Bushfires are still raging in Australia, particularly along the east coast of New South Wales (NSW) and Queensland. The leader of the rural fire service told media that this could be “the most dangerous bushfire week this nation has ever seen,” and the NSW premier has declared a state of emergency.
At least six million people in the region were facing extreme bushfire weather—strong winds, low humidity, high temperatures—as the week began. Fire agencies warned of “catastrophic” fire danger in the Greater Sydney and Greater Hunter regions and in Illawarra/Shoalhaven. “Extreme” fire danger was forecast for the North Coast, Southern Ranges, Central Ranges, New England, Northern Slopes, and North Western. Weather forecasters predicted that not a drop of rain was likely to fall on mainland Australia on November 11.
Approximately 600 schools in Sydney and other cities and towns were closed due to the fire threat. At least three people have died and 150 homes have been destroyed, according to Australian media.
On November 9, 2019, the Visible Infrared Imaging Radiometer Suite(VIIRS) on the NOAA-NASA Suomi NPP satellite got a nighttime view of the fires raging in Queensland and New South Wales. The image was acquired with the VIIRS “day-night band,” which detects light in a range of wavelengths from green to near-infrared and uses filtering techniques to observe signals such as city lights, auroras, and wildfires. The natural-color image below was acquired by the Moderate Resolution Imaging Spectroradiometer (MODIS) on NASA’s Terra satellite on November 11, 2019. Strong westerly winds fanned the flames and carried smoke several hundred kilometers out to sea.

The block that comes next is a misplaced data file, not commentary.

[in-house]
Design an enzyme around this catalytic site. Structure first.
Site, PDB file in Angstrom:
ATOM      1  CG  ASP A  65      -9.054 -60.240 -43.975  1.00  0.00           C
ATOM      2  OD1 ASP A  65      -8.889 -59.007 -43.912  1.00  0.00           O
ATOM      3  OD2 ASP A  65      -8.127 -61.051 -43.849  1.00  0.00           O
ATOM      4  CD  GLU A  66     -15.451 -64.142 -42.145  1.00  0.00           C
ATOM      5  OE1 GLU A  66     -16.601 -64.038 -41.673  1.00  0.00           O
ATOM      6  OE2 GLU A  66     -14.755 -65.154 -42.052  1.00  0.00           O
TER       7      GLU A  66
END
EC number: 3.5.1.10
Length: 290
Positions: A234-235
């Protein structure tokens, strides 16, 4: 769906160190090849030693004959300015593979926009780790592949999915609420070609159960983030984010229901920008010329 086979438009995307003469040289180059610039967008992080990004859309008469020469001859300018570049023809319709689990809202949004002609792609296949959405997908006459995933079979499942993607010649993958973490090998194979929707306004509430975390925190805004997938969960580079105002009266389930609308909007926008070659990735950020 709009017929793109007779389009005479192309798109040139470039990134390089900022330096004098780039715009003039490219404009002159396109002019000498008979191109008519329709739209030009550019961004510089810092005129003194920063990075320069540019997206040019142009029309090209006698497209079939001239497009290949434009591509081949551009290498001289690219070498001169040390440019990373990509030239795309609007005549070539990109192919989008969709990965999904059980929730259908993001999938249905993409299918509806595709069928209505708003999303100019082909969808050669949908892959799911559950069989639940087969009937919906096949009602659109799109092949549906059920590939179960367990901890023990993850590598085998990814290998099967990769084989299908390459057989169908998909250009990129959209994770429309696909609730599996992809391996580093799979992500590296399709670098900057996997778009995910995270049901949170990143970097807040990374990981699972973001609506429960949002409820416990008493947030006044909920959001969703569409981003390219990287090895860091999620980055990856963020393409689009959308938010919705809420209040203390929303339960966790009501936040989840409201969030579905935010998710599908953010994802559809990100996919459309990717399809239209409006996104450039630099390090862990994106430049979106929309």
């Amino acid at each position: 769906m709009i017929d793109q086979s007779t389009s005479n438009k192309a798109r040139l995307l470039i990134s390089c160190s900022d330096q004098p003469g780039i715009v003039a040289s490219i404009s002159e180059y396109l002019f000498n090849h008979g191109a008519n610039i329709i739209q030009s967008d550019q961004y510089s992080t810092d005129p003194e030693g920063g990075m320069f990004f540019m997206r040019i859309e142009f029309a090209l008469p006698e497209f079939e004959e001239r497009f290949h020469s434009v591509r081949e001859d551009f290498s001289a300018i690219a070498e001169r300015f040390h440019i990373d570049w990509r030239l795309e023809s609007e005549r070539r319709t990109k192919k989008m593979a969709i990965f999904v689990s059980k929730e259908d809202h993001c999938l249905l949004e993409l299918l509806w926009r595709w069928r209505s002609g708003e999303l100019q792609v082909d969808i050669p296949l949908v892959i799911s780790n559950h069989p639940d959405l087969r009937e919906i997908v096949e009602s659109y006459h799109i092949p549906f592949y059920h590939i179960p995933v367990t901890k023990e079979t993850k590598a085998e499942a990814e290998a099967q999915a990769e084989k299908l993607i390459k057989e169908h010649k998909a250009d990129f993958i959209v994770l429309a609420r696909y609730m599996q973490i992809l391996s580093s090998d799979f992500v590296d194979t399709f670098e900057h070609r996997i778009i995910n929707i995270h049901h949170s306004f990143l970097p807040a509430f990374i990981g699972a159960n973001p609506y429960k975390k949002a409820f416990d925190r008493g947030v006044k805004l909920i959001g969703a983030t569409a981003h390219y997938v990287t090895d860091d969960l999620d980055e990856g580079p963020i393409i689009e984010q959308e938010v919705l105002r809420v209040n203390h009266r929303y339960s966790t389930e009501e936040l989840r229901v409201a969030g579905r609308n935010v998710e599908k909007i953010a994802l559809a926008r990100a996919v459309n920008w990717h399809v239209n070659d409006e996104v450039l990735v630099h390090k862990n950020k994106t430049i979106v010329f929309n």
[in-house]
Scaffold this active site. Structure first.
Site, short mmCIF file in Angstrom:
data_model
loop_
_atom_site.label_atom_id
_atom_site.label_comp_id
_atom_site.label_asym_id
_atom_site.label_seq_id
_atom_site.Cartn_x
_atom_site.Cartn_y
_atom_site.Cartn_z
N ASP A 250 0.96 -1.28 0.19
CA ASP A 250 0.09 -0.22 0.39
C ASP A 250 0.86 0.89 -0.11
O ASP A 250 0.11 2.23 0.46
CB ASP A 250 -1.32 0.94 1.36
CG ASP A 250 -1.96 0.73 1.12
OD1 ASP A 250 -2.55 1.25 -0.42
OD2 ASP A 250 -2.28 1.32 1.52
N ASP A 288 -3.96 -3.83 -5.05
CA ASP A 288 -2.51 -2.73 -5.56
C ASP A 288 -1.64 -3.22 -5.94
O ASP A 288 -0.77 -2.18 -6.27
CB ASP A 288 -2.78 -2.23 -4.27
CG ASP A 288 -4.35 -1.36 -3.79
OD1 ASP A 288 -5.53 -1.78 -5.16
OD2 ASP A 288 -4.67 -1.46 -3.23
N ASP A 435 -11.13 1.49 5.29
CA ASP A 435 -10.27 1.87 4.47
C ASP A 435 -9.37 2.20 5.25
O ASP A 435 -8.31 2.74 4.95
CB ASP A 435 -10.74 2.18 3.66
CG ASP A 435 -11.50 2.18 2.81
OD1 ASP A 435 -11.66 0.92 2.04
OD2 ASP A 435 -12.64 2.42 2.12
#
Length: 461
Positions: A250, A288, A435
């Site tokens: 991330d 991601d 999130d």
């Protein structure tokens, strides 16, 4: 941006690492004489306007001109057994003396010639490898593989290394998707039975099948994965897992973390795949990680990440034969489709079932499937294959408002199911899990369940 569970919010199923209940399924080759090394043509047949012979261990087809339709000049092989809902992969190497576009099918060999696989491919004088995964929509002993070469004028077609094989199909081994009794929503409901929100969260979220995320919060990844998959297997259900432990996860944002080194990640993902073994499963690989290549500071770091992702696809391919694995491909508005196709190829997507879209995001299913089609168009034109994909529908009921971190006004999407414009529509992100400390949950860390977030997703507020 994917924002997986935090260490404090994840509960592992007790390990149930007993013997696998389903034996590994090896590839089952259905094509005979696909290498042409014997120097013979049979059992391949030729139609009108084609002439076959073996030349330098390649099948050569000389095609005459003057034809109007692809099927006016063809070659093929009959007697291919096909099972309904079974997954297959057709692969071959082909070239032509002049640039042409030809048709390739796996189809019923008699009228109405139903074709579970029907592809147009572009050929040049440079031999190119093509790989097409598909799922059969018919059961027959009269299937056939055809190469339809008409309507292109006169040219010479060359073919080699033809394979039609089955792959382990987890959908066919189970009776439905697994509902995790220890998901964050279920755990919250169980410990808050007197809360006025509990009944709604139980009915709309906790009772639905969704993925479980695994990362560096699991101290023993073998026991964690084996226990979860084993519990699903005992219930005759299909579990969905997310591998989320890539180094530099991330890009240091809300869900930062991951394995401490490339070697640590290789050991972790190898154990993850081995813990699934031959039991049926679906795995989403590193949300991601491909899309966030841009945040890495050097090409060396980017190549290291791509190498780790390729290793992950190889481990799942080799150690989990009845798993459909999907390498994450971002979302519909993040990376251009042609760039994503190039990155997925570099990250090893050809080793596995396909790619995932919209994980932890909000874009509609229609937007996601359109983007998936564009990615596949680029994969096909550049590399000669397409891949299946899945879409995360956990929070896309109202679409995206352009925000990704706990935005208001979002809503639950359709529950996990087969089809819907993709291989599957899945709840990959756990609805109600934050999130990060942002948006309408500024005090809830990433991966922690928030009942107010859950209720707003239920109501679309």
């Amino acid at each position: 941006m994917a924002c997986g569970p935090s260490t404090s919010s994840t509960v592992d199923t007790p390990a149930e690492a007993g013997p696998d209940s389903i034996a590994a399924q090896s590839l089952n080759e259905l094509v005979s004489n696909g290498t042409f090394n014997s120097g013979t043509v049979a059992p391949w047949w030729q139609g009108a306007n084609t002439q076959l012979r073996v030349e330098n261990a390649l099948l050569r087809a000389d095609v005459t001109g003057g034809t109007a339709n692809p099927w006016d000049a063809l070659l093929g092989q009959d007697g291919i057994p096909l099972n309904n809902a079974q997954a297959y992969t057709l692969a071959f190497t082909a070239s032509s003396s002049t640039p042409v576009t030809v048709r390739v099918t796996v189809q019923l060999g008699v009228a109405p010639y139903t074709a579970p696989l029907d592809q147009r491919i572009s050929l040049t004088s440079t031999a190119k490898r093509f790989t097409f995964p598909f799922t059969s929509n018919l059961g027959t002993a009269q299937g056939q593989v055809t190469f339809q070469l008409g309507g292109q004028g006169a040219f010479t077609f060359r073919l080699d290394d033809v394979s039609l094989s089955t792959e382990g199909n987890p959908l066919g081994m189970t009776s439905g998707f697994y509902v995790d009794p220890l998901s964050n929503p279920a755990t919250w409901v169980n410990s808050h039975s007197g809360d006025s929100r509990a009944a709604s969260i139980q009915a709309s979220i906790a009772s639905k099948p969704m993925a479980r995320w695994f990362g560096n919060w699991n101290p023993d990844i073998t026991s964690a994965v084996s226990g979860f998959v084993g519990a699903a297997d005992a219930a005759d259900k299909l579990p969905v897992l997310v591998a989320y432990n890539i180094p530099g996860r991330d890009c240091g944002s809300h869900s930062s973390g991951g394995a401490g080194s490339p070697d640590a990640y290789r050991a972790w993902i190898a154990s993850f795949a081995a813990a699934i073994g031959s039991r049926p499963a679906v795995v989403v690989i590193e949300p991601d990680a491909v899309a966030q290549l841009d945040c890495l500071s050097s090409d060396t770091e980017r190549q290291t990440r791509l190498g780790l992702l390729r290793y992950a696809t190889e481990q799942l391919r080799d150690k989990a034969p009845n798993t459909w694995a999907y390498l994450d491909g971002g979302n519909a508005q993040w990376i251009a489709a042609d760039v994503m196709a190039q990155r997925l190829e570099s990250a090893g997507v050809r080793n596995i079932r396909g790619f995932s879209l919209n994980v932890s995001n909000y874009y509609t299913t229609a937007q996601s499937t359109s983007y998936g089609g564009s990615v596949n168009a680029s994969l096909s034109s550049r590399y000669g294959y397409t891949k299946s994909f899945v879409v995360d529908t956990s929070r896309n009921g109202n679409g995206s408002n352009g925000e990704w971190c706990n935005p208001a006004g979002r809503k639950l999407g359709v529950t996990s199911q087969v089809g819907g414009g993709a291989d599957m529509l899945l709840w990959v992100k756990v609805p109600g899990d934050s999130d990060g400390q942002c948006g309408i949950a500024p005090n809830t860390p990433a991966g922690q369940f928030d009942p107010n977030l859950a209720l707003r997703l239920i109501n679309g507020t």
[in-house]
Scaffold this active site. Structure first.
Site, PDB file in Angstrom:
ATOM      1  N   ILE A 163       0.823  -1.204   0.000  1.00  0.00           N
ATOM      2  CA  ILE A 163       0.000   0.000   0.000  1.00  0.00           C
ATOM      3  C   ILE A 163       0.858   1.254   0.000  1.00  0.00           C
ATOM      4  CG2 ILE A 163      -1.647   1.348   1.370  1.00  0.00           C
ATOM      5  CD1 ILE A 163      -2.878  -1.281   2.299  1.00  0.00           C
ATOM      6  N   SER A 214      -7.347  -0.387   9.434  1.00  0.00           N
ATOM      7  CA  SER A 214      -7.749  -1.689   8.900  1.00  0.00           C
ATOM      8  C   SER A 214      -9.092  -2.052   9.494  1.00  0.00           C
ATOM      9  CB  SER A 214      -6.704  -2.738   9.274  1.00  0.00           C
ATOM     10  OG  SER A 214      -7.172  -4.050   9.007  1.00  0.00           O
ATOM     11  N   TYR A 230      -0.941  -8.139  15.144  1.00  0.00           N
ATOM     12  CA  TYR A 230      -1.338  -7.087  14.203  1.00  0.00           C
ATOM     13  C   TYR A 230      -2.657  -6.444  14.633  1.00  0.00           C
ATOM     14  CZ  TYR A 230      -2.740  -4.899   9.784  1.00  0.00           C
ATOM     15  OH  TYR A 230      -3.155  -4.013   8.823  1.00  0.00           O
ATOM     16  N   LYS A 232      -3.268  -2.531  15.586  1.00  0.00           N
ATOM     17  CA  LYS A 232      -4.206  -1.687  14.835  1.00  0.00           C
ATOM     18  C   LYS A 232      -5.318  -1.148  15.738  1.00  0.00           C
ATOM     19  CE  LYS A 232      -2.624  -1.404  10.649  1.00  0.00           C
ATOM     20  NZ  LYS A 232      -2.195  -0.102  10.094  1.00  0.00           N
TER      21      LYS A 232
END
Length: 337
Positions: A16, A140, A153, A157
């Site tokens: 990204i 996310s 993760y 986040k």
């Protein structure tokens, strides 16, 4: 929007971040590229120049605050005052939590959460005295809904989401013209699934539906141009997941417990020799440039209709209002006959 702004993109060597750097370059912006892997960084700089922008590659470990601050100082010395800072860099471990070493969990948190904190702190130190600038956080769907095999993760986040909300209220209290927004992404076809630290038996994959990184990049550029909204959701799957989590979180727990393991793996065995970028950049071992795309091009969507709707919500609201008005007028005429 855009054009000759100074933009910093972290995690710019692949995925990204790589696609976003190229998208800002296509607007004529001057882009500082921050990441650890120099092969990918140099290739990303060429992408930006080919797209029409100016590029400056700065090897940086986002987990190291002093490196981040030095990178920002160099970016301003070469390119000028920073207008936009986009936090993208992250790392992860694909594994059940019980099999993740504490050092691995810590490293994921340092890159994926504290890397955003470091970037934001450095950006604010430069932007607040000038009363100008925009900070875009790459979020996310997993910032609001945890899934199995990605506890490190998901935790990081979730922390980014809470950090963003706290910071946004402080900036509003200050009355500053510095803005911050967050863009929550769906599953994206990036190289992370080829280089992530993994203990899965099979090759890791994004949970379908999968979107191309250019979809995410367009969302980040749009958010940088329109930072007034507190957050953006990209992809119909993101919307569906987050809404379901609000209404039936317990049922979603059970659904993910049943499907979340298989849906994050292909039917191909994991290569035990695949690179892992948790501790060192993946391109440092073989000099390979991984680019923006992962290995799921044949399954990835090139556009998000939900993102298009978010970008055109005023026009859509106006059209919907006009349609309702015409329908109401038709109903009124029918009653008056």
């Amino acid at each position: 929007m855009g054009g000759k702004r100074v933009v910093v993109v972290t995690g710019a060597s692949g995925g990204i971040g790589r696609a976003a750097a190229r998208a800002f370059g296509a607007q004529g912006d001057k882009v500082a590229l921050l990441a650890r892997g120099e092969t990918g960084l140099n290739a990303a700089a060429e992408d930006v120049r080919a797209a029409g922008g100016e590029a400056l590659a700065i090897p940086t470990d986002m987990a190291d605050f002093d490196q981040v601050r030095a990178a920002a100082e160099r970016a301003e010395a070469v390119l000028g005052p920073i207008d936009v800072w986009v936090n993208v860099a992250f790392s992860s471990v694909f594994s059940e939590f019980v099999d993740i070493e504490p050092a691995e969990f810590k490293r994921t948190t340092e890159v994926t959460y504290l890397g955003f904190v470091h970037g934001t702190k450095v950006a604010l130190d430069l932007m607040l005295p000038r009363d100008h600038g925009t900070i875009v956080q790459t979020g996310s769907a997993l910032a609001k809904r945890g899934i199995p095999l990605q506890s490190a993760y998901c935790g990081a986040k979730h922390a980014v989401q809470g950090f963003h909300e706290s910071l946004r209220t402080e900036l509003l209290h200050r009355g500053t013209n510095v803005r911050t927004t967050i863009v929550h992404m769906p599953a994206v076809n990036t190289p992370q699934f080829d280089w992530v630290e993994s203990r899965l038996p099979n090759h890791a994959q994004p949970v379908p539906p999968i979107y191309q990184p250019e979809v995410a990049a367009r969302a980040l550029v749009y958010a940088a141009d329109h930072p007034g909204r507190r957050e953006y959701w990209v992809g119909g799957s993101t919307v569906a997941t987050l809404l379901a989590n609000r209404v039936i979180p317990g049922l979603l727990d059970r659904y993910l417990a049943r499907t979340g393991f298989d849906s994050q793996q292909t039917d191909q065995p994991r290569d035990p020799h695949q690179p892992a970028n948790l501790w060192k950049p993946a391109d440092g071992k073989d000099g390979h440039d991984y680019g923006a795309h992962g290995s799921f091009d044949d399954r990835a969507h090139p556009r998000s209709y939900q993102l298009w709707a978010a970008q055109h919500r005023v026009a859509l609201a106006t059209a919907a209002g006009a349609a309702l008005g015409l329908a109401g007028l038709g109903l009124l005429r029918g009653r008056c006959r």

In late August, the Australian Bushfire and Natural Hazards CRC predicted that the 2019–20 fire season had the potential to be quite active due to warm and dry across much of the nation. According to the Australian Bureau of Meteorology (BOM), October 2019 rainfall was below to very much below average across most of Australia, continuing a long-term drought in the region.
“Rainfall deficiencies have affected most of the New South Wales, Queensland, and South Australian parts of the Murray–Darling Basin since the start of 2017,” BOM reported. “The deficiencies have been most extreme in the northern Murray–Darling Basin, especially in the northern half of New South Wales and adjacent southern Queensland, where areas of lowest-on-record rainfall extend across large parts of northeastern New South Wales…The 34 months from January 2017 to October 2019 have been the driest on record…for the state of New South Wales (35 percent below average).”
NASA Earth Observatory images by Joshua Stevens, using VIIRS day-night band data from the Suomi National Polar-orbiting Partnership and MODIS data from NASA EOSDIS/LANCE and GIBS/Worldview. Story by Mike Carlowicz.